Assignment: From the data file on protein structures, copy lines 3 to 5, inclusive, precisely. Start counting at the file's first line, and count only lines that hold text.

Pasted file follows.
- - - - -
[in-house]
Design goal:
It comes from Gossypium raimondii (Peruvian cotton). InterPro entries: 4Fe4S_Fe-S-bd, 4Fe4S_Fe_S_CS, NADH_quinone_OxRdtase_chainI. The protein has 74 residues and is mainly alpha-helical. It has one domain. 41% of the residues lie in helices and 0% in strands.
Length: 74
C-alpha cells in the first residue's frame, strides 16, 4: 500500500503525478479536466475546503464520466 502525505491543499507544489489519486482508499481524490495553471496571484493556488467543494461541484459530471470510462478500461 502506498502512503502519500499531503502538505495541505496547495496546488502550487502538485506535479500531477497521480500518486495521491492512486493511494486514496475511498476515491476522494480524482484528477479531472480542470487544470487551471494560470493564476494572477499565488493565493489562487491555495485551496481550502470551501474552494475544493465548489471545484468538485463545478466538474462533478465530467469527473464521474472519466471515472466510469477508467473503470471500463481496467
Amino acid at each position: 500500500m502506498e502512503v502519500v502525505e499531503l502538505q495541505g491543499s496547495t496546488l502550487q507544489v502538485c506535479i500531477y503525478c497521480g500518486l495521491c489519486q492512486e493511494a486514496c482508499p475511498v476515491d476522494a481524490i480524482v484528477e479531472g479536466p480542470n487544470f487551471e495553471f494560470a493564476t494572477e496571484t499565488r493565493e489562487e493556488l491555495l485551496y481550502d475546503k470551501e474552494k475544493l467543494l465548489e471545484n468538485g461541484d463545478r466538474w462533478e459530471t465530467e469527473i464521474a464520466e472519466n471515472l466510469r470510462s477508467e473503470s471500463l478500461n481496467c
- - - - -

It comes from Gossypium raimondii (Peruvian cotton). InterPro entries: 4Fe4S_Fe-S-bd, 4Fe4S_Fe_S_CS, NADH_quinone_OxRdtase_chainI. The protein has 74 residues and is mainly alpha-helical. It has one domain. 41% of the residues lie in helices and 0% in strands.
Length: 74
C-alpha cells in the first residue's frame, strides 16, 4: 500500500503525478479536466475546503464520466 502525505491543499507544489489519486482508499481524490495553471496571484493556488467543494461541484459530471470510462478500461 502506498502512503502519500499531503502538505495541505496547495496546488502550487502538485506535479500531477497521480500518486495521491492512486493511494486514496475511498476515491476522494480524482484528477479531472480542470487544470487551471494560470493564476494572477499565488493565493489562487491555495485551496481550502470551501474552494475544493465548489471545484468538485463545478466538474462533478465530467469527473464521474472519466471515472466510469477508467473503470471500463481496467